Peru Looks to Traditional Adaptation Practices to Cope with Climate Disruption
Earth Island Journal blog, 17 August 2011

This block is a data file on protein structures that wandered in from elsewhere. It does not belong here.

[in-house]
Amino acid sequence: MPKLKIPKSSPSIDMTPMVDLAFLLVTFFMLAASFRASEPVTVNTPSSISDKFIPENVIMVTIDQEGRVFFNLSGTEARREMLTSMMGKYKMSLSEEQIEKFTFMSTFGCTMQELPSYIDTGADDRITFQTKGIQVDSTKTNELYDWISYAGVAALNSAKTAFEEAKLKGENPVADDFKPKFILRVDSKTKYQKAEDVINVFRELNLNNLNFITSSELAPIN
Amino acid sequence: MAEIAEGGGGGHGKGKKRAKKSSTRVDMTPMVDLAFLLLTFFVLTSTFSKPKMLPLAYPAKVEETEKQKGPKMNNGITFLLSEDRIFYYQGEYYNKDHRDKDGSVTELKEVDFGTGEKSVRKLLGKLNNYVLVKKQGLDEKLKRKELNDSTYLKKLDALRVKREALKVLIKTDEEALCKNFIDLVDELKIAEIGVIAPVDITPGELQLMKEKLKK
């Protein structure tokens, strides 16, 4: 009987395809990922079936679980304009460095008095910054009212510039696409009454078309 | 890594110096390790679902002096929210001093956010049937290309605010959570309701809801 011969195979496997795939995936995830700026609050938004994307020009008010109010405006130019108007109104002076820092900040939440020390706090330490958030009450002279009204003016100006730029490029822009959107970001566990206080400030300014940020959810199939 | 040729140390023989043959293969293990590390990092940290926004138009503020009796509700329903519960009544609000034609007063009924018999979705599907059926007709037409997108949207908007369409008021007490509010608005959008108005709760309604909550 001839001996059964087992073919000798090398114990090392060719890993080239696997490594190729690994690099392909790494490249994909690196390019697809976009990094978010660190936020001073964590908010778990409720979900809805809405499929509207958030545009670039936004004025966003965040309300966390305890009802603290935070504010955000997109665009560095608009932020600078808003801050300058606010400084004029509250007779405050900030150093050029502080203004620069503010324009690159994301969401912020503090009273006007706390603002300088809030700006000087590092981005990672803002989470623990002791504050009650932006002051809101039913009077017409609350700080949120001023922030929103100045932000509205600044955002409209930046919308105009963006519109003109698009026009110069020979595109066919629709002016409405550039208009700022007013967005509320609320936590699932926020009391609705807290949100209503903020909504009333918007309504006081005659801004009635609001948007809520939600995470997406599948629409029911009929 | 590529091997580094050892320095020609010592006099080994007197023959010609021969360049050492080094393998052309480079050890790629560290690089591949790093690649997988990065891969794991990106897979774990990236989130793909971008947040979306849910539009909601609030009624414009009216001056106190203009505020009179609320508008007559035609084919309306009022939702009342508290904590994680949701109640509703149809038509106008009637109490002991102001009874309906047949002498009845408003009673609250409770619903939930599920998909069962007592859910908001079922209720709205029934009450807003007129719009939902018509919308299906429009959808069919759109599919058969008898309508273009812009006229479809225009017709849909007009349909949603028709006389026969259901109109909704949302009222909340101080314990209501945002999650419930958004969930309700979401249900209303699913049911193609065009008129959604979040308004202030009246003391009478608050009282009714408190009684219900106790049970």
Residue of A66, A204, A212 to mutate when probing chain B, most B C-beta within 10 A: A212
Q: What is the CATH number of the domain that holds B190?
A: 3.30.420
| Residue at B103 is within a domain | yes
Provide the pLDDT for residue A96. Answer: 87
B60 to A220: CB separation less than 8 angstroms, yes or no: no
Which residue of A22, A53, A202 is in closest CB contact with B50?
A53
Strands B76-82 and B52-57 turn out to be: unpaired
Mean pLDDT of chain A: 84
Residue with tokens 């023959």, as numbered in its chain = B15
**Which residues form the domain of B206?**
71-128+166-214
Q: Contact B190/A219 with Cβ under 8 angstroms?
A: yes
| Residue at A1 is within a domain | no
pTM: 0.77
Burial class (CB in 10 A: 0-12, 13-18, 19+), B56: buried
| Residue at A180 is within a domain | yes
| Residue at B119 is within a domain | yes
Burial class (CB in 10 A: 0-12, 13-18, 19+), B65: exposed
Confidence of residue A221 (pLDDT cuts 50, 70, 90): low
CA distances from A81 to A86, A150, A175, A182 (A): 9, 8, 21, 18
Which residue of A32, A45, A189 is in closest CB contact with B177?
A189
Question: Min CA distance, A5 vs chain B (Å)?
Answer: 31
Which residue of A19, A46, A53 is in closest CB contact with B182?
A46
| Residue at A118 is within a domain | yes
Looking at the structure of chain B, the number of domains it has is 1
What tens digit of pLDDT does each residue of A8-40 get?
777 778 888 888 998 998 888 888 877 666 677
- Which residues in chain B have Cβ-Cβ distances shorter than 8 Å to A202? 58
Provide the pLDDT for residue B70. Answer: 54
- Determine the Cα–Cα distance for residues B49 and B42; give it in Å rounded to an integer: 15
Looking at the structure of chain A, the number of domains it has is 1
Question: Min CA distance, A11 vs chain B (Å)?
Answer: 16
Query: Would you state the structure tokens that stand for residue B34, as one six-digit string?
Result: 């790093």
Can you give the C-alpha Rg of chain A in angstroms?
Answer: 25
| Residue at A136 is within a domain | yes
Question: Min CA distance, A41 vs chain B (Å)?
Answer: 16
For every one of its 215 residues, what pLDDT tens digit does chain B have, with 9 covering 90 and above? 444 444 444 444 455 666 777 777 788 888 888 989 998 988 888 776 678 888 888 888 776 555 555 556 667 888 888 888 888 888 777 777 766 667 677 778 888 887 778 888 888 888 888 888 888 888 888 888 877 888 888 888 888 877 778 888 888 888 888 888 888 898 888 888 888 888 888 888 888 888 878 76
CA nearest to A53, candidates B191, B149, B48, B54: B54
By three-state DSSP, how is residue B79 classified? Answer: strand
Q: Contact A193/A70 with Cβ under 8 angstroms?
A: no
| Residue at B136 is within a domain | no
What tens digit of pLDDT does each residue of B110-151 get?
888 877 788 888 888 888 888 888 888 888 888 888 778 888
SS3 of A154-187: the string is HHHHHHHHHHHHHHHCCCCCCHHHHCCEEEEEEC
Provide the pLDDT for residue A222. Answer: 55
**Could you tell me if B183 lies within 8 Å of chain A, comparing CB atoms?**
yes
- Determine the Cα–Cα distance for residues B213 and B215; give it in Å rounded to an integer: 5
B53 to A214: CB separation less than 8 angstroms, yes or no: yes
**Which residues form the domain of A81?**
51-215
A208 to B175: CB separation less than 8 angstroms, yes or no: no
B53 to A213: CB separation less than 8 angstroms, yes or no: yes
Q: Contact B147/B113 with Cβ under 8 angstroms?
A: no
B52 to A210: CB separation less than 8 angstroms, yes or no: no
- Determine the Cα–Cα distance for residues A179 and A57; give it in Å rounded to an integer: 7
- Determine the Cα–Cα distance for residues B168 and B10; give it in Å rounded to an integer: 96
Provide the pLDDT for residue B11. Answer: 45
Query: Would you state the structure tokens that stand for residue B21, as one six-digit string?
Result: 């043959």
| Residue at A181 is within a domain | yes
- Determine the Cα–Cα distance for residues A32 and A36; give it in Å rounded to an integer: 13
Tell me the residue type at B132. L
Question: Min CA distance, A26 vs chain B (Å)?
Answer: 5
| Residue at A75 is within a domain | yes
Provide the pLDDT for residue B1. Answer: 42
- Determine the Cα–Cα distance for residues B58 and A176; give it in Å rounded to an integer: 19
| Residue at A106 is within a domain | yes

CALIFORNIA, USA: Adapting to a warmer world will require the best in modern science and engineering. It will also require us to draw on traditional sources of knowledge from rural communities and Indigenous Peoples, Emily Kirkland argues. Such is the case in Peru’s Piuraregion, where an NGO called Soluciones Practicas has worked to incorporate traditional indicators into seasonal weather predictions. Local people have always had their own ways to forecast the weather. Northerly winds in October and November, for instance, signify a dry year. Similarly, the flowering of the mango and huaranago trees can give clues about future rainfall months in advance. Soluciones Practicas combines these local indicators with official predictions from Peru’s weather agency. The resulting forecasts can be tailored to individual towns and watersheds, and are often more accurate than the official scientific projections, explained Alcides Vilela, who worked on the project. Read the post …

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